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An analysis of the first three years of data from NASA's Kepler mission, which already has discovered thousands of potential exoplanets, contains good news for those searching for habitable worlds outside our solar system.

It shows that 17 percent of all sun-like stars have planets one to two times the diameter of Earth orbiting close to their host stars, according to a team of astronomers from the University of California, Berkeley, and the University of Hawaii at Manoa.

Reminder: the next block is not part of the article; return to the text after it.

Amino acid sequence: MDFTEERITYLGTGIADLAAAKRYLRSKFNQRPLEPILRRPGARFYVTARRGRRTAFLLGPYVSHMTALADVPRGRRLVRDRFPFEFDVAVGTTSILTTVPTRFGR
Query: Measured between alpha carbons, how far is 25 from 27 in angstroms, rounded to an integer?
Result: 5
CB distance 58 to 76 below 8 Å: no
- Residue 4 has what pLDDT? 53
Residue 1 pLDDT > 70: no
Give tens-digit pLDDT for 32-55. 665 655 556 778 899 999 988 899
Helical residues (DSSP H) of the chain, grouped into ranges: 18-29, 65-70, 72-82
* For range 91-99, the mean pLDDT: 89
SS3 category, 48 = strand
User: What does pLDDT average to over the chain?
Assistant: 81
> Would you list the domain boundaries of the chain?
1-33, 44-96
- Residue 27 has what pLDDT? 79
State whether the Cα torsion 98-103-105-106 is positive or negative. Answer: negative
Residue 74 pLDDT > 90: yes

This estimate includes only planets that circle their stars within a distance of about one-quarter of Earth's orbital radius -- well within the orbit of Mercury -- that is the current limit of Kepler's detection capability. Further evidence suggests that the fraction of stars having planets the size of Earth or slightly bigger orbiting within Earth-like orbits may amount to 50 percent.

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